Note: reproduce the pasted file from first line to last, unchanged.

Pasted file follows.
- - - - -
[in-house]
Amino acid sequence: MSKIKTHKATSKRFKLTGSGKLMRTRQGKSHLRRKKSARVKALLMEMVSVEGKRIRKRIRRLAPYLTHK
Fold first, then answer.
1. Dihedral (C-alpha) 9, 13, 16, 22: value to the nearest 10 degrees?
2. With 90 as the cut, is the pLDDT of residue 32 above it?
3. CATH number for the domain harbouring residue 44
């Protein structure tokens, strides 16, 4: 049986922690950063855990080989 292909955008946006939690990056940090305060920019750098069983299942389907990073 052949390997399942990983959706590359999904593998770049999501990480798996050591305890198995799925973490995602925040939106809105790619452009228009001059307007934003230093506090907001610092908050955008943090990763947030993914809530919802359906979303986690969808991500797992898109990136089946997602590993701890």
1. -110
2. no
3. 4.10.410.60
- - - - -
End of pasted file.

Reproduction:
[in-house]
Amino acid sequence: MSKIKTHKATSKRFKLTGSGKLMRTRQGKSHLRRKKSARVKALLMEMVSVEGKRIRKRIRRLAPYLTHK
Fold first, then answer.
1. Dihedral (C-alpha) 9, 13, 16, 22: value to the nearest 10 degrees?
2. With 90 as the cut, is the pLDDT of residue 32 above it?
3. CATH number for the domain harbouring residue 44
């Protein structure tokens, strides 16, 4: 049986922690950063855990080989 292909955008946006939690990056940090305060920019750098069983299942389907990073 052949390997399942990983959706590359999904593998770049999501990480798996050591305890198995799925973490995602925040939106809105790619452009228009001059307007934003230093506090907001610092908050955008943090990763947030993914809530919802359906979303986690969808991500797992898109990136089946997602590993701890």
1. -110
2. no
3. 4.10.410.60